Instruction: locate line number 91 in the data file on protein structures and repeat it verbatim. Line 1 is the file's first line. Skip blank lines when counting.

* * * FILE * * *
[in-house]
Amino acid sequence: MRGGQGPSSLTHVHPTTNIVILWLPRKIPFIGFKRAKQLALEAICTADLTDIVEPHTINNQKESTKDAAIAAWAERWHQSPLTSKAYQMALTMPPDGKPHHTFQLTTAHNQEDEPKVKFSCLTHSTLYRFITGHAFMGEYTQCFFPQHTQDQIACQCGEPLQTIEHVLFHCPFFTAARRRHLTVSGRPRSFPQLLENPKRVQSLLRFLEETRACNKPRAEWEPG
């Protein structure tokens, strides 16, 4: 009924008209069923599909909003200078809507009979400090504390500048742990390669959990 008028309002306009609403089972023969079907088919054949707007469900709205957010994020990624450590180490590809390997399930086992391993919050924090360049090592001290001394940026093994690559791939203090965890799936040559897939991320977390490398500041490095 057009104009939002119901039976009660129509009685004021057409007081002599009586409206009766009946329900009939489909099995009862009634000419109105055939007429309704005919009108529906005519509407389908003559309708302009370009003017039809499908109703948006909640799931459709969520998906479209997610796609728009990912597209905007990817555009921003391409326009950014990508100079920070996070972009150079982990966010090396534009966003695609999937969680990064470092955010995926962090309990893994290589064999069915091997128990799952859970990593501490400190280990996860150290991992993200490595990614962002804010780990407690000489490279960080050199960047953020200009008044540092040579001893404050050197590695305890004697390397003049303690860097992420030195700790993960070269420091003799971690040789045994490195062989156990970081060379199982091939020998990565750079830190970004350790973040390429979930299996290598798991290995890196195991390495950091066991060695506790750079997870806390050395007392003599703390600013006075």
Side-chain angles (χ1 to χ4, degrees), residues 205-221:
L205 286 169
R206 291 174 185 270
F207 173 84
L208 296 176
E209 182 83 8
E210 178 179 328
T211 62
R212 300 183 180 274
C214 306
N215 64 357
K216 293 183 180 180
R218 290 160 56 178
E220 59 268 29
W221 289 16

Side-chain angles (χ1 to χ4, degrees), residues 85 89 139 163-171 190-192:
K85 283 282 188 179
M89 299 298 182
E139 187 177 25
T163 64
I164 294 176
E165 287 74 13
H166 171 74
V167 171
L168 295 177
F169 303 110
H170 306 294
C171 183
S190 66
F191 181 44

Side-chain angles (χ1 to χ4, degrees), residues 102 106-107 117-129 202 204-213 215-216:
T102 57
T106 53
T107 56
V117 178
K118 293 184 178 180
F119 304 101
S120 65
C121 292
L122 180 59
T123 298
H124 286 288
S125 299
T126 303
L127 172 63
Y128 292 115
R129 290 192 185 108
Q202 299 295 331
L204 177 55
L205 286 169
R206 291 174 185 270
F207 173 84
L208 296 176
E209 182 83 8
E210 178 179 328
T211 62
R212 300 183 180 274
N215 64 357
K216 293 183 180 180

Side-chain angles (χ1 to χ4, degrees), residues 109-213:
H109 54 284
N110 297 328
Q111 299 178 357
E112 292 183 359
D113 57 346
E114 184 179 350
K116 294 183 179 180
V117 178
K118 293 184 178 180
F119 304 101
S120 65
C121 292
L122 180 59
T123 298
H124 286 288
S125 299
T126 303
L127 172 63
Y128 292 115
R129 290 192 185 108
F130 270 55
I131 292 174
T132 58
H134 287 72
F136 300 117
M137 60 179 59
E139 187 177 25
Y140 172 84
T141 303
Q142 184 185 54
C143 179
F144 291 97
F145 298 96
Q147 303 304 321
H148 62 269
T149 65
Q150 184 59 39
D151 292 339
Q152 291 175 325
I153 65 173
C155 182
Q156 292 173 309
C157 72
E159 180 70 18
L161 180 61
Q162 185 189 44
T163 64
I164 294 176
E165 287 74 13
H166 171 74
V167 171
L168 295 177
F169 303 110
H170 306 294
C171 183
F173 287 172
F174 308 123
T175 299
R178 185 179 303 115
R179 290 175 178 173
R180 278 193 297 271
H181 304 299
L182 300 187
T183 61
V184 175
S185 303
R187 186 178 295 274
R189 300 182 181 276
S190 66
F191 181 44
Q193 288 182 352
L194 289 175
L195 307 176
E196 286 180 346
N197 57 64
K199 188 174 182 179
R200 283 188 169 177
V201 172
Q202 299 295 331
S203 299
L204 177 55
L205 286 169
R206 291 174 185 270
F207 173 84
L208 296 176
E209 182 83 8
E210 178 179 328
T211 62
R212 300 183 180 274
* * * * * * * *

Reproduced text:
Y140 172 84